DoN among hardest hit by cuts:
The Department of Neighborhoods is among the City’s smallest departments, but would suffer proportionately more cuts than much larger departments.   DON’s community-building role cannot survive these cuts.  The Neighborhood Matching Fund brings people together on projects that benefit all of Seattle.  By leveraging private dollars and volunteer hours, it returns double value or more for each City dollar.  The Neighborhood Matching Fund hasn’t recovered from past cuts, yet the Mayor proposes a further cut of 22 percent--a grievous blow to a nationally acclaimed success in community-building, with last year's cuts, this budget would provide only 55 percent of the NMF funds that were available in 2008.

Another grievous blow to community-building as well as to public services is the Mayor’s proposal to eliminate seven of the thirteen Neighborhood Service Centers (Beacon Hill, Capitol Hill, Downtown, Fremont, Greenwood, Queen Anne, and West Seattle) and six of the thirteen District Coordinators.  The Coordinators and their field offices long predated DON, and are inherent in Seattle’s success in bringing government closer to the people and producing results not achievable top-down.  Departments that lack field offices depend on the District Coordinators and their offices as “feet on the street” and a link to residents and businesses.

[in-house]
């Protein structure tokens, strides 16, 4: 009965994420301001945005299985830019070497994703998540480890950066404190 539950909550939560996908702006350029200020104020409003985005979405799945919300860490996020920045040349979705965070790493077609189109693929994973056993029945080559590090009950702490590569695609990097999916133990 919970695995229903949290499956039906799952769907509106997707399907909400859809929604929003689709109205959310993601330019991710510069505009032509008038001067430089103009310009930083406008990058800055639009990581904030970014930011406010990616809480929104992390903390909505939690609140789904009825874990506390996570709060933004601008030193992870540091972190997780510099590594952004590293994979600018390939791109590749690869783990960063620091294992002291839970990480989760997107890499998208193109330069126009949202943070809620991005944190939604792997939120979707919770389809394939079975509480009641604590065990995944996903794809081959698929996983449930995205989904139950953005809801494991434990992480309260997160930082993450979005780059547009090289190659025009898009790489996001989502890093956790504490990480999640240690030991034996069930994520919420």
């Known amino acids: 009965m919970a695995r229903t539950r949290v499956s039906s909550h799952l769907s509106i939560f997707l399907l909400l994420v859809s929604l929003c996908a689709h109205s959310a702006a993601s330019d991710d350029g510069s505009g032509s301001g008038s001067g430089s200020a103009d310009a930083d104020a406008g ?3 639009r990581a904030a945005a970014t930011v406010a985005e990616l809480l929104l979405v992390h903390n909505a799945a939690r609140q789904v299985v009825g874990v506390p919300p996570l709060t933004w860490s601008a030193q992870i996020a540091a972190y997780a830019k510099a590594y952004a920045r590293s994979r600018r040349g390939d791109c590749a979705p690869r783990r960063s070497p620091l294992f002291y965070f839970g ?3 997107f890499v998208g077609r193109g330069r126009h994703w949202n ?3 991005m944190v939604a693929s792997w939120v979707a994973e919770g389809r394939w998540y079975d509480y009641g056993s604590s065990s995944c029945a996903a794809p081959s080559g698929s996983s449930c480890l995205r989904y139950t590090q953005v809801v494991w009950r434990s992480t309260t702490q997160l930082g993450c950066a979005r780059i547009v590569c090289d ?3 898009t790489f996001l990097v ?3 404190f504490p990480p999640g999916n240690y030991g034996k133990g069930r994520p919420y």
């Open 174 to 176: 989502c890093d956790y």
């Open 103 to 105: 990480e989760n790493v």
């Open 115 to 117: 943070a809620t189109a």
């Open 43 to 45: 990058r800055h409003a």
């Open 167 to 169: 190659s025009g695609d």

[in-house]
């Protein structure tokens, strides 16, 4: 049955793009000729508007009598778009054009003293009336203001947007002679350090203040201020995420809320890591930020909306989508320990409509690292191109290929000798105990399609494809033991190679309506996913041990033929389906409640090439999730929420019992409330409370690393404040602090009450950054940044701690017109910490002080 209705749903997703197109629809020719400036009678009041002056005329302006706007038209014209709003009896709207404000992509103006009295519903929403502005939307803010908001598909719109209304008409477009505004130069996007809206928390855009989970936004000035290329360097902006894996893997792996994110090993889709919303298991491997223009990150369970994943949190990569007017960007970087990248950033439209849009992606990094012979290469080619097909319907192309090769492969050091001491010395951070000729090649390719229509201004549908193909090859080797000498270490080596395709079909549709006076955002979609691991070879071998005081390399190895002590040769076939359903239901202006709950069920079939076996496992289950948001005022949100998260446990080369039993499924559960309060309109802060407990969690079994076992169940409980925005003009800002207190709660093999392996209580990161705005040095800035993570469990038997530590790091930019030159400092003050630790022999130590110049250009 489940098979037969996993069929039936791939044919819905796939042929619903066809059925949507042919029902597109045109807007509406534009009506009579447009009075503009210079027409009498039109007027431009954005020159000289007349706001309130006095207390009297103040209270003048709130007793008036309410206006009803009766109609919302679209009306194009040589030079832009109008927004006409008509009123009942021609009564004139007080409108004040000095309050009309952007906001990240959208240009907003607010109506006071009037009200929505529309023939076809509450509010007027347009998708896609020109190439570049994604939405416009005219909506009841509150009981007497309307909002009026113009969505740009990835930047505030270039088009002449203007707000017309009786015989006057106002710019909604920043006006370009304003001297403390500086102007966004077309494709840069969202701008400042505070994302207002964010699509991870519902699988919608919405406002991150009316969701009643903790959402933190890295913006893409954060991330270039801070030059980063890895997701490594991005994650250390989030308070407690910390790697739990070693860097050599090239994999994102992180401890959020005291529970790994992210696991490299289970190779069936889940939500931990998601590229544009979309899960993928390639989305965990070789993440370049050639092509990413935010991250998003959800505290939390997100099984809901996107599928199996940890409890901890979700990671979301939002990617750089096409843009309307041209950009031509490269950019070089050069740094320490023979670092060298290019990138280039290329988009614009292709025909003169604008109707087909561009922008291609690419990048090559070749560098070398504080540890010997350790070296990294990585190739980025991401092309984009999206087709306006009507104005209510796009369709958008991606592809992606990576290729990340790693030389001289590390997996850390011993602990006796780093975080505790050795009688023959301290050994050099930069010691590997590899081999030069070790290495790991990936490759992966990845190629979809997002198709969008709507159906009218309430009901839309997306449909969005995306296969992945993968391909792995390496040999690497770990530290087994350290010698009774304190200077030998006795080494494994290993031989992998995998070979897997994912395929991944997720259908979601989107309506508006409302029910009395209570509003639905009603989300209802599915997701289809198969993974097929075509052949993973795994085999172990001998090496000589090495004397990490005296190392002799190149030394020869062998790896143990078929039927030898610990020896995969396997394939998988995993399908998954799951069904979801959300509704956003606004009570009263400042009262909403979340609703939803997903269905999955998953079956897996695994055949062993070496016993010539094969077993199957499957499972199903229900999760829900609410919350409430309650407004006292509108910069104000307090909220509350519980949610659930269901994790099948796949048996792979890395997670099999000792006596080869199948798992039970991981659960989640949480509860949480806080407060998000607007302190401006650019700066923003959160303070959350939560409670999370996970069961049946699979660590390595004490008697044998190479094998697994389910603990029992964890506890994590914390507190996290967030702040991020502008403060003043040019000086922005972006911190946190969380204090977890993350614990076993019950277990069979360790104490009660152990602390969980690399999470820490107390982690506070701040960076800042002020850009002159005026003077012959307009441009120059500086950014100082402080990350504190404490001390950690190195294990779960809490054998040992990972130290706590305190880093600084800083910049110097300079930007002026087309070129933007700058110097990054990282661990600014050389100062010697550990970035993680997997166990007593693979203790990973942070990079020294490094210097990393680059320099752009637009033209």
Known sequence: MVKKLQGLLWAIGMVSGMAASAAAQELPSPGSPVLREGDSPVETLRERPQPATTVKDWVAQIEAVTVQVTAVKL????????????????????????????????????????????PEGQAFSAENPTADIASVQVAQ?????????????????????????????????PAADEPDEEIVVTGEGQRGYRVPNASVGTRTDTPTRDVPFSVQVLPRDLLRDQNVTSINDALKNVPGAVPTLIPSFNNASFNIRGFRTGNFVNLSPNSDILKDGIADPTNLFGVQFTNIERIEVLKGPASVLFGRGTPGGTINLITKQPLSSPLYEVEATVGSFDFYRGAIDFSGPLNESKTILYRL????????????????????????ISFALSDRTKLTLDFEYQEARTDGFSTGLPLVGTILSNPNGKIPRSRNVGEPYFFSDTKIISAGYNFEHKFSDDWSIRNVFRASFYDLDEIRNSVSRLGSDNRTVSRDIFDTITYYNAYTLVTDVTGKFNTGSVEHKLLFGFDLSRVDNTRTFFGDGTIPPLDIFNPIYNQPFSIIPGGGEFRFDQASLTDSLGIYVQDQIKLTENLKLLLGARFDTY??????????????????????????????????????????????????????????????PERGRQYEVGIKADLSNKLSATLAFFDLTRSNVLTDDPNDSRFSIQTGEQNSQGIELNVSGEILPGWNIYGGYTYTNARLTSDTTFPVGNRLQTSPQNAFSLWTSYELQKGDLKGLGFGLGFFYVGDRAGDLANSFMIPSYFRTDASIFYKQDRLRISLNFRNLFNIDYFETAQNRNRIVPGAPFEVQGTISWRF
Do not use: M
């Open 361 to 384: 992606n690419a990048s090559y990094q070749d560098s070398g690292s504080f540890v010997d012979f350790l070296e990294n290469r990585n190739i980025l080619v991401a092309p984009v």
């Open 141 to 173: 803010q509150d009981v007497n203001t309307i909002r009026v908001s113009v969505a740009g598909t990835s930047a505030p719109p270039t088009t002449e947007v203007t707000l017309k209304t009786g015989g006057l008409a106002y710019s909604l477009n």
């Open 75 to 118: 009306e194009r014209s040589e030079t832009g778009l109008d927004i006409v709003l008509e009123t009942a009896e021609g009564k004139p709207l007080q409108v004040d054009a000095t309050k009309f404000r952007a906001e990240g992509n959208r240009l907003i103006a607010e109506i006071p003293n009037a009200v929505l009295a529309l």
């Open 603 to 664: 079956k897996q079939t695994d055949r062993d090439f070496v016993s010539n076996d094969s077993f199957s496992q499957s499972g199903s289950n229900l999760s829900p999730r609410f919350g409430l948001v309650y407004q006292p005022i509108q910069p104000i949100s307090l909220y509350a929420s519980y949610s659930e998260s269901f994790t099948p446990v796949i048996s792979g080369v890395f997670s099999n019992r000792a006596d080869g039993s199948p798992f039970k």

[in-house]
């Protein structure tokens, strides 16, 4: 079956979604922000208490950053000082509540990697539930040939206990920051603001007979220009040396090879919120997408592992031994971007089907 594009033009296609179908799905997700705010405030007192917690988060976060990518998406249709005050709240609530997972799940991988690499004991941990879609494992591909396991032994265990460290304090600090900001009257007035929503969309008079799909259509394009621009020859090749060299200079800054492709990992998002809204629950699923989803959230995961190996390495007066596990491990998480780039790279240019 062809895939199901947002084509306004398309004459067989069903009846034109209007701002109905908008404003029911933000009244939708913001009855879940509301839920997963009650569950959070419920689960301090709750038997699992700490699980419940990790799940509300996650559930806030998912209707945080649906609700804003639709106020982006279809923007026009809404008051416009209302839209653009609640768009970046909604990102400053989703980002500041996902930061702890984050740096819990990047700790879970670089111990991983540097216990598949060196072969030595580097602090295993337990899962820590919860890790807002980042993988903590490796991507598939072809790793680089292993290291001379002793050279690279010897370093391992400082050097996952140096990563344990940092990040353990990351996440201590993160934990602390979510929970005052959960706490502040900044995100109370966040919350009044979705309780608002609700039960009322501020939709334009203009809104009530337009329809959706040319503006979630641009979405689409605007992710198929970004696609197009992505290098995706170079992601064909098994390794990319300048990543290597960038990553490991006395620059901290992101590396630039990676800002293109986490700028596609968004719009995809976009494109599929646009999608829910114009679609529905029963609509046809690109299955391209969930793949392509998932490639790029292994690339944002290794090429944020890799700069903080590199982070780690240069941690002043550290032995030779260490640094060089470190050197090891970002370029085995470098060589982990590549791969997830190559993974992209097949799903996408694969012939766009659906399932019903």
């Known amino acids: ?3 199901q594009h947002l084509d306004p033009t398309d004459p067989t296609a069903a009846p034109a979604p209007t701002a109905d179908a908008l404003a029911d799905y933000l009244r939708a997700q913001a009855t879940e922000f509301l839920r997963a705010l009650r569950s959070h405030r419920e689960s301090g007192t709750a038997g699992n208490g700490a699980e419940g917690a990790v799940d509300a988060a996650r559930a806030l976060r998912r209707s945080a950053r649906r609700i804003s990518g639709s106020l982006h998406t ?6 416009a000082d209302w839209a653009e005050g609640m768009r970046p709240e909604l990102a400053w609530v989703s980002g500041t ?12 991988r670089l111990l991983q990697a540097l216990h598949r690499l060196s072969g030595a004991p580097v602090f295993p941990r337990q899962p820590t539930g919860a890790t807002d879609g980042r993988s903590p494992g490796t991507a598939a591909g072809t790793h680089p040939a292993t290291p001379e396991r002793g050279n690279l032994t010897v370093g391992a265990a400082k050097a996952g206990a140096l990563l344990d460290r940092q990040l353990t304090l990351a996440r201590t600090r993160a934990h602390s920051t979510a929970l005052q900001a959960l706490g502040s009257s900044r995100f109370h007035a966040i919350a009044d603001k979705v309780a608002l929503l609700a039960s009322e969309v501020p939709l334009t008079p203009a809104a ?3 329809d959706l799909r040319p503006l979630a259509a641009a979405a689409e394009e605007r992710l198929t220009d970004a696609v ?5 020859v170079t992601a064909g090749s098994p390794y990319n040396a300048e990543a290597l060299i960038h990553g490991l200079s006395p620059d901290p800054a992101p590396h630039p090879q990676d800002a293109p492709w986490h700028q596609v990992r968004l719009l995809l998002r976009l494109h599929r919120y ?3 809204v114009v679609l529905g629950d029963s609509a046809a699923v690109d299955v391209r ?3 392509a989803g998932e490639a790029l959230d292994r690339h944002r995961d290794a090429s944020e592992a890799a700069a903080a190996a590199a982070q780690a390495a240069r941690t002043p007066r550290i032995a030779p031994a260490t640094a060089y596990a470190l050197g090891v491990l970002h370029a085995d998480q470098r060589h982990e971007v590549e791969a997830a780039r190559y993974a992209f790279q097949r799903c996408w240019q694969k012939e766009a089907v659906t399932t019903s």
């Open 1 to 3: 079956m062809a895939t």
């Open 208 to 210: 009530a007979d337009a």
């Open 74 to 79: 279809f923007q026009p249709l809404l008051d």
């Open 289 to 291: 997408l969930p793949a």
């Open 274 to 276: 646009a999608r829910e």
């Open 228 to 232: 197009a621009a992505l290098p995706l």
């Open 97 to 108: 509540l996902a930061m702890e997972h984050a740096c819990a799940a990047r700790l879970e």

While reassured by the City Budget Office that there is no consideration of reducing District Councils from the existing 13, CNC feels strongly that the public services the District Coordinators provide, including to the District Councils, cannot be accomplished from DON’s downtown headquarters or from offices not located within each District Council boundary  The District Coordinators uniquely have the trust of the grassroots and of City Hall alike.  The proposed cuts would be a historic setback for  40 years of success in decentralizing government.